Week in Review: Wildfire smoke impact, cannabis market transitions, curbing illicit sales & more

A plume of wildfire smoke is visible at Big Ridge Farms, which is located above the Grand Coulee Dam in eastern Washington state. (Photo courtesy of Jake George)

Smoke and ash from the record wildfires in the western U.S. are slowing the growth of outdoor marijuana plants and forcing cultivators to rethink when to harvest their crop.

MJBizDaily takeaway: Growers in California, Oregon and Washington state are struggling at how to best maximize the value of their grows and minimize their losses.

They face difficult decisions, such as whether to harvest undeveloped plants and suffer much lower yields, or harvest later but risk losses from a freeze or early snow.

The bigger picture is how marijuana businesses can adapt cultivation strategies in response to climate change impacts, including more frequent extreme weather events.

Quicker market transitions

Medical marijuana markets are making the jump to recreational marijuana far faster than before, as public support increases and state regulators learn what works and what doesn’t from states that rolled out markets earlier.

MJBizDaily takeaway: This could bode well for the growth of new adult-use markets – Pennsylvania is an example of a state with a young medical marijuana market that is already eyeing adult-use legalization.

A speedier market transition benefits companies that have the capital to take advantage of the opportunities.

It also increasingly calls for marijuana operators to gain early footholds in medical marijuana markets, since existing MMJ operators are often getting the first crack at adult-use licenses.

Canadian province chips away at illicit sales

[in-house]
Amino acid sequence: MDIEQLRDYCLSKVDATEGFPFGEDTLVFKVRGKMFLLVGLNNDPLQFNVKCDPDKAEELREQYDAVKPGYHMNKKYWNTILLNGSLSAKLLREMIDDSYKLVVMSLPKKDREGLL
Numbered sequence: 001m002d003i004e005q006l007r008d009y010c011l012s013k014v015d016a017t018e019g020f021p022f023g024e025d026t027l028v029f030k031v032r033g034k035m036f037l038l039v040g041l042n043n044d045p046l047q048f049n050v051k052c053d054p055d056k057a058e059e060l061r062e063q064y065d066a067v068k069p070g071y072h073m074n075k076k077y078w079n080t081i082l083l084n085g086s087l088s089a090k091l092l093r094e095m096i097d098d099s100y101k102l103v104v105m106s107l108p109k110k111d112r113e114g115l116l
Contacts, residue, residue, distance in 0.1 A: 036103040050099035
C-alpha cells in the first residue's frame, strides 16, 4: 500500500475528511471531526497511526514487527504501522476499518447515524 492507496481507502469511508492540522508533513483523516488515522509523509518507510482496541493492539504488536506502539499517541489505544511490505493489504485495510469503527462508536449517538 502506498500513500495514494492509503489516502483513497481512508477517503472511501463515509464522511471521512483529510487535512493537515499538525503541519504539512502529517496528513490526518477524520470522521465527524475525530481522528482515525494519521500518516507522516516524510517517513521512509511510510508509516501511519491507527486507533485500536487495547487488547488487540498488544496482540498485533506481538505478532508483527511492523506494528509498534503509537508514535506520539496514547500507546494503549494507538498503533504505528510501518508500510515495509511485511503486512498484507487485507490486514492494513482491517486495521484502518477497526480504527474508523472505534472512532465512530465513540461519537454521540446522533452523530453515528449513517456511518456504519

In Canada, Ontario officials say the government-operated online marijuana store, which also serves as the sole legal wholesaler to private-sector retailers, is successfully undercutting illicit-market prices.

MJBizDaily takeaway: The quarterly report highlighted strong growth in some of the Ontario Cannabis Store’s offerings, which could indicate a reduction in the illicit market in the country’s most populous province.

At the very least, the data suggests efforts are headed in the right direction.

Ontario regulators also are making strides in accelerating private-sector store licensing after lagging behind other provinces. That also could help curb the illicit market and grow legal sales.

Potentially costly noncompliance

Los Angeles-based Kushy Punch could be fined up to $498 million for allegedly producing marijuana gummies and other raw cannabis materials for nearly 18 months in 2018 and 2019 at an unlicensed facility.

That’s according to a recent civil lawsuit filed by the California attorney general, which showed Kushy Punch’s alleged illicit activity was more extensive than first believed.

MJBizDaily takeaway: The case shows how critical it is for marijuana businesses to be compliant with regulations.

While regulators across the country have shown more flexibility during the coronavirus pandemic in terms of product ordering and delivery, industry insiders say marijuana businesses should expect continued stiff enforcement overall.

Utah MMJ sales brisk

Utah’s 6-month-old medical cannabis program has far surpassed sales projections, despite doctor reluctance and, now, product shortages.

MJBizDaily takeaway: Sales are running at more than $2 million a month, meaning the market is on pace to exceed a Marijuana Business Factbook projection of $20 million to $24 million for 2021.

Although it’s too early to know for certain, the market seems to be shaping up for business licensees to do well, and sustained growth could put pressure on lawmakers to expand or loosen a restrictive program.

Hemp rules extension

Federal lawmakers, at the last minute, gave hemp farmers a one-year reprieve to comply with U.S. Department of Agriculture rules.

MJBizDaily takeaway: The extension, sought aggressively by industry groups and some states, averts a chaotic and costly situation in which hemp farmers in many states wouldn’t have been able to legally harvest, process or sell what they grew.

Industry groups had argued that the USDA hemp rules were too restrictive to comply with by the Nov. 1 effective date, and many states were waiting for the USDA to approve their plans.

Jeff Smith can be reached at [email protected]

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